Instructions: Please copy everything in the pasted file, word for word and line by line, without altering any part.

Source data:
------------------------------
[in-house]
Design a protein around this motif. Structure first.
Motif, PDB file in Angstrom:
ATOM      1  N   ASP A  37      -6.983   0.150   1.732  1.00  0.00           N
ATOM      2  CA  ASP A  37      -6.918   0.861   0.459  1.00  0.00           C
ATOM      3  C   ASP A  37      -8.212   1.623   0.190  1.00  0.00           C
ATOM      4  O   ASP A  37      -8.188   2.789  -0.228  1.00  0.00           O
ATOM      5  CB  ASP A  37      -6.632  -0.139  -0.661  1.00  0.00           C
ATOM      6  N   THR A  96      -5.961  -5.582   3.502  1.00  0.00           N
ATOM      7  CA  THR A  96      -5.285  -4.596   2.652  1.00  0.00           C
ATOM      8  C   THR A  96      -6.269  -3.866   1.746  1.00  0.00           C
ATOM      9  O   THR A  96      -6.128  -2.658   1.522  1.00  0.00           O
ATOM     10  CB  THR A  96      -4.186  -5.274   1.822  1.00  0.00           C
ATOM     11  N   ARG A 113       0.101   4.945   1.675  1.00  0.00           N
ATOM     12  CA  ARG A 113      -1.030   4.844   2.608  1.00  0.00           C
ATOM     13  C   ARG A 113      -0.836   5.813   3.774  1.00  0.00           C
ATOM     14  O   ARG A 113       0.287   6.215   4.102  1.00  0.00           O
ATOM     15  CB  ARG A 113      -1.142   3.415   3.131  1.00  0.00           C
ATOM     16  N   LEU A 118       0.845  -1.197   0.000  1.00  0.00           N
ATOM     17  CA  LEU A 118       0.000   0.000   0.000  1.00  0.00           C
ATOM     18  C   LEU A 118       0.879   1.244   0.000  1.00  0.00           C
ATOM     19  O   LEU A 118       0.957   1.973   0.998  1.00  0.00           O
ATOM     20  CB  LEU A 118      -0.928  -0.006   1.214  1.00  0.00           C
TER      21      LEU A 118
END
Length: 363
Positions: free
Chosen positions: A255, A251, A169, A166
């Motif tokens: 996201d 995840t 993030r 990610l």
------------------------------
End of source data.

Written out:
[in-house]
Design a protein around this motif. Structure first.
Motif, PDB file in Angstrom:
ATOM      1  N   ASP A  37      -6.983   0.150   1.732  1.00  0.00           N
ATOM      2  CA  ASP A  37      -6.918   0.861   0.459  1.00  0.00           C
ATOM      3  C   ASP A  37      -8.212   1.623   0.190  1.00  0.00           C
ATOM      4  O   ASP A  37      -8.188   2.789  -0.228  1.00  0.00           O
ATOM      5  CB  ASP A  37      -6.632  -0.139  -0.661  1.00  0.00           C
ATOM      6  N   THR A  96      -5.961  -5.582   3.502  1.00  0.00           N
ATOM      7  CA  THR A  96      -5.285  -4.596   2.652  1.00  0.00           C
ATOM      8  C   THR A  96      -6.269  -3.866   1.746  1.00  0.00           C
ATOM      9  O   THR A  96      -6.128  -2.658   1.522  1.00  0.00           O
ATOM     10  CB  THR A  96      -4.186  -5.274   1.822  1.00  0.00           C
ATOM     11  N   ARG A 113       0.101   4.945   1.675  1.00  0.00           N
ATOM     12  CA  ARG A 113      -1.030   4.844   2.608  1.00  0.00           C
ATOM     13  C   ARG A 113      -0.836   5.813   3.774  1.00  0.00           C
ATOM     14  O   ARG A 113       0.287   6.215   4.102  1.00  0.00           O
ATOM     15  CB  ARG A 113      -1.142   3.415   3.131  1.00  0.00           C
ATOM     16  N   LEU A 118       0.845  -1.197   0.000  1.00  0.00           N
ATOM     17  CA  LEU A 118       0.000   0.000   0.000  1.00  0.00           C
ATOM     18  C   LEU A 118       0.879   1.244   0.000  1.00  0.00           C
ATOM     19  O   LEU A 118       0.957   1.973   0.998  1.00  0.00           O
ATOM     20  CB  LEU A 118      -0.928  -0.006   1.214  1.00  0.00           C
TER      21      LEU A 118
END
Length: 363
Positions: free
Chosen positions: A255, A251, A169, A166
């Motif tokens: 996201d 995840t 993030r 990610l």